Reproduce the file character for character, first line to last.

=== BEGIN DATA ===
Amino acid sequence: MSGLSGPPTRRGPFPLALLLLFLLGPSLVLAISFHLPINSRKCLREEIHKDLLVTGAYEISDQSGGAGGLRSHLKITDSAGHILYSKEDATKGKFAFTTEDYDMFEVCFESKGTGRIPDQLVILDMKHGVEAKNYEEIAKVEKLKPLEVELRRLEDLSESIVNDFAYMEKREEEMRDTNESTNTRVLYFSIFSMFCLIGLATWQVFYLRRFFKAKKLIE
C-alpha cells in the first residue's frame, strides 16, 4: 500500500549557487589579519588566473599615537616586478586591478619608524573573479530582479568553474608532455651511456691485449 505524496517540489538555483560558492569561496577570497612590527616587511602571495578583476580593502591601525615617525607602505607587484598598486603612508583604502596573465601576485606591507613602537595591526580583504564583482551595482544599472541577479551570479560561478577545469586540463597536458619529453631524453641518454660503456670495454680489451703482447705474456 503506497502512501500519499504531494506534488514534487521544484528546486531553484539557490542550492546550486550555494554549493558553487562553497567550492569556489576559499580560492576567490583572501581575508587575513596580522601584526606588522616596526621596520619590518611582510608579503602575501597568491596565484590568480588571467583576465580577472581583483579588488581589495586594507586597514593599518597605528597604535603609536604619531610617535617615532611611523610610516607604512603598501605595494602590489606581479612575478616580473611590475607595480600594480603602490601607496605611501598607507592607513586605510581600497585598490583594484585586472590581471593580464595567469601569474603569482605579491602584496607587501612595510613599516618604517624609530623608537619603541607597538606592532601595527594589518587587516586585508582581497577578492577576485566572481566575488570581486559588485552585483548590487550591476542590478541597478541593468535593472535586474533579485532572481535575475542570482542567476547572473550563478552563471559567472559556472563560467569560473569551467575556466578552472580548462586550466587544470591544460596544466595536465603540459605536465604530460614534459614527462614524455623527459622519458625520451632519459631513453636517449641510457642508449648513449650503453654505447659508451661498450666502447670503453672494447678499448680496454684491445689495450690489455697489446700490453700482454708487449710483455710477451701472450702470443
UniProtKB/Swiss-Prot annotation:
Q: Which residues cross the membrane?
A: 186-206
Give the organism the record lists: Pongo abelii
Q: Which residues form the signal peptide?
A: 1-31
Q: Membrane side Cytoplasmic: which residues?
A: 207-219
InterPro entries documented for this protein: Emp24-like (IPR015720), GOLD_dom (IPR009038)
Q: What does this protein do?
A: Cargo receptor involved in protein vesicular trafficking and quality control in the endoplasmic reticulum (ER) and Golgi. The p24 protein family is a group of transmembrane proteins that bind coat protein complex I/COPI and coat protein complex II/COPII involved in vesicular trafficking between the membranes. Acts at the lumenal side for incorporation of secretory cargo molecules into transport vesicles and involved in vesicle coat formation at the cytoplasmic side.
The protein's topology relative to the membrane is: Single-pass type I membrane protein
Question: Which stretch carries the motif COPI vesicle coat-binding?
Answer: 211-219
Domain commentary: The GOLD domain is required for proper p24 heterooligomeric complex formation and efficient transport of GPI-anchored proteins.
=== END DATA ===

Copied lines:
Amino acid sequence: MSGLSGPPTRRGPFPLALLLLFLLGPSLVLAISFHLPINSRKCLREEIHKDLLVTGAYEISDQSGGAGGLRSHLKITDSAGHILYSKEDATKGKFAFTTEDYDMFEVCFESKGTGRIPDQLVILDMKHGVEAKNYEEIAKVEKLKPLEVELRRLEDLSESIVNDFAYMEKREEEMRDTNESTNTRVLYFSIFSMFCLIGLATWQVFYLRRFFKAKKLIE
C-alpha cells in the first residue's frame, strides 16, 4: 500500500549557487589579519588566473599615537616586478586591478619608524573573479530582479568553474608532455651511456691485449 505524496517540489538555483560558492569561496577570497612590527616587511602571495578583476580593502591601525615617525607602505607587484598598486603612508583604502596573465601576485606591507613602537595591526580583504564583482551595482544599472541577479551570479560561478577545469586540463597536458619529453631524453641518454660503456670495454680489451703482447705474456 503506497502512501500519499504531494506534488514534487521544484528546486531553484539557490542550492546550486550555494554549493558553487562553497567550492569556489576559499580560492576567490583572501581575508587575513596580522601584526606588522616596526621596520619590518611582510608579503602575501597568491596565484590568480588571467583576465580577472581583483579588488581589495586594507586597514593599518597605528597604535603609536604619531610617535617615532611611523610610516607604512603598501605595494602590489606581479612575478616580473611590475607595480600594480603602490601607496605611501598607507592607513586605510581600497585598490583594484585586472590581471593580464595567469601569474603569482605579491602584496607587501612595510613599516618604517624609530623608537619603541607597538606592532601595527594589518587587516586585508582581497577578492577576485566572481566575488570581486559588485552585483548590487550591476542590478541597478541593468535593472535586474533579485532572481535575475542570482542567476547572473550563478552563471559567472559556472563560467569560473569551467575556466578552472580548462586550466587544470591544460596544466595536465603540459605536465604530460614534459614527462614524455623527459622519458625520451632519459631513453636517449641510457642508449648513449650503453654505447659508451661498450666502447670503453672494447678499448680496454684491445689495450690489455697489446700490453700482454708487449710483455710477451701472450702470443
UniProtKB/Swiss-Prot annotation:
Q: Which residues cross the membrane?
A: 186-206
Give the organism the record lists: Pongo abelii
Q: Which residues form the signal peptide?
A: 1-31
Q: Membrane side Cytoplasmic: which residues?
A: 207-219
InterPro entries documented for this protein: Emp24-like (IPR015720), GOLD_dom (IPR009038)
Q: What does this protein do?
A: Cargo receptor involved in protein vesicular trafficking and quality control in the endoplasmic reticulum (ER) and Golgi. The p24 protein family is a group of transmembrane proteins that bind coat protein complex I/COPI and coat protein complex II/COPII involved in vesicular trafficking between the membranes. Acts at the lumenal side for incorporation of secretory cargo molecules into transport vesicles and involved in vesicle coat formation at the cytoplasmic side.
The protein's topology relative to the membrane is: Single-pass type I membrane protein
Question: Which stretch carries the motif COPI vesicle coat-binding?
Answer: 211-219
Domain commentary: The GOLD domain is required for proper p24 heterooligomeric complex formation and efficient transport of GPI-anchored proteins.